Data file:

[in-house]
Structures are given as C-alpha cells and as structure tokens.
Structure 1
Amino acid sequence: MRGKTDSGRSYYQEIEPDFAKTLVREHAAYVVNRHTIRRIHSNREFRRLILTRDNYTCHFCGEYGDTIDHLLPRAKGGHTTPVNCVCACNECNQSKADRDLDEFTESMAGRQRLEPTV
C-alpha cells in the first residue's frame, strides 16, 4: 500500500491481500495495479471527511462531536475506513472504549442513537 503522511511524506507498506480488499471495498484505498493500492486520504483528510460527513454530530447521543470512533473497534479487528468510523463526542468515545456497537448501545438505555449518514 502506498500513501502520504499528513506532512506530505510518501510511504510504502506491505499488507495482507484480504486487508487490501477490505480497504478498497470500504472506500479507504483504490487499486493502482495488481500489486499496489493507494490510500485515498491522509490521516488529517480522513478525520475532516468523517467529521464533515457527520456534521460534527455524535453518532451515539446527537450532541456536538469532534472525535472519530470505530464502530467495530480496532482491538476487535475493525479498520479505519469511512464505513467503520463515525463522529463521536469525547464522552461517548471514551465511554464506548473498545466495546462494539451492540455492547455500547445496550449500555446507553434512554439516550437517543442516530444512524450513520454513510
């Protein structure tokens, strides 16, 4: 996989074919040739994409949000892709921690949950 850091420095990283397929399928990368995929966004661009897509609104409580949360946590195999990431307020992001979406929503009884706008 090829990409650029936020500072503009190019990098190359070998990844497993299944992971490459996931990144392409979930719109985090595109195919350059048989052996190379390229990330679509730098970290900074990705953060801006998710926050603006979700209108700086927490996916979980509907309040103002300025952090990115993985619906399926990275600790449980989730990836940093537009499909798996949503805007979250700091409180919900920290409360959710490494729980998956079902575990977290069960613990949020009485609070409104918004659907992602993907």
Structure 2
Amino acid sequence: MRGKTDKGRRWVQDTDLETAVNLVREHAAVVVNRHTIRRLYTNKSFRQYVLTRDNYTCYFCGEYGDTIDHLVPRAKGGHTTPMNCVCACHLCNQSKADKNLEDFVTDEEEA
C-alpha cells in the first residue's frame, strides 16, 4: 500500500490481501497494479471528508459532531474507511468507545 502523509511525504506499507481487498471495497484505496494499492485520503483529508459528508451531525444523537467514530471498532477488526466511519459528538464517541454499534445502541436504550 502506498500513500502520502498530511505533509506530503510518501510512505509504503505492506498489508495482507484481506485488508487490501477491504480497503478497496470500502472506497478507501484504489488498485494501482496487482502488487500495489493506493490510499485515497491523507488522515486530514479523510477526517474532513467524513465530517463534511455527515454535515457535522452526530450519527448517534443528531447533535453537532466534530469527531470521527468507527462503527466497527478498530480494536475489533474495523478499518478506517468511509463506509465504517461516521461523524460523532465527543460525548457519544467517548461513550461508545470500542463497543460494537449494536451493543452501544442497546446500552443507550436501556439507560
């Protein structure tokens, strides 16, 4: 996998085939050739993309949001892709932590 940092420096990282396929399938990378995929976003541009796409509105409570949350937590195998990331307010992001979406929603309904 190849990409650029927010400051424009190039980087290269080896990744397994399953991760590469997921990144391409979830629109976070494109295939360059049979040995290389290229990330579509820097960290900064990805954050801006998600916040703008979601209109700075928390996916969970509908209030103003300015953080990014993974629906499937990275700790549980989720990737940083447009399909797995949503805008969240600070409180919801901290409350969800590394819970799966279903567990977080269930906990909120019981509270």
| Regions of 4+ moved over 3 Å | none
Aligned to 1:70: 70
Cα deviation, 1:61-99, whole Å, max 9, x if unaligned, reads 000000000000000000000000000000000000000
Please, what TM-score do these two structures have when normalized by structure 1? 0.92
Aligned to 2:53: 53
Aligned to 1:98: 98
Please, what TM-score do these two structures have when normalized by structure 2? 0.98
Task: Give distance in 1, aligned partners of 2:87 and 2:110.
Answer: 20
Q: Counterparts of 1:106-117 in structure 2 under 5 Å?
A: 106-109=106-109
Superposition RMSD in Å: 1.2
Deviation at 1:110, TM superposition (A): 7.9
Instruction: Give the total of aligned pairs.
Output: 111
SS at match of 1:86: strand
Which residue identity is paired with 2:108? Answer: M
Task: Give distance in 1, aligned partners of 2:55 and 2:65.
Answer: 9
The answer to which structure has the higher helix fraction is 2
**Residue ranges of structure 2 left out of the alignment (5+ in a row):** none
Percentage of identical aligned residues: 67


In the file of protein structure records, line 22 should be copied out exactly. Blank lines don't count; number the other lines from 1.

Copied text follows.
Superposition RMSD in Å: 1.2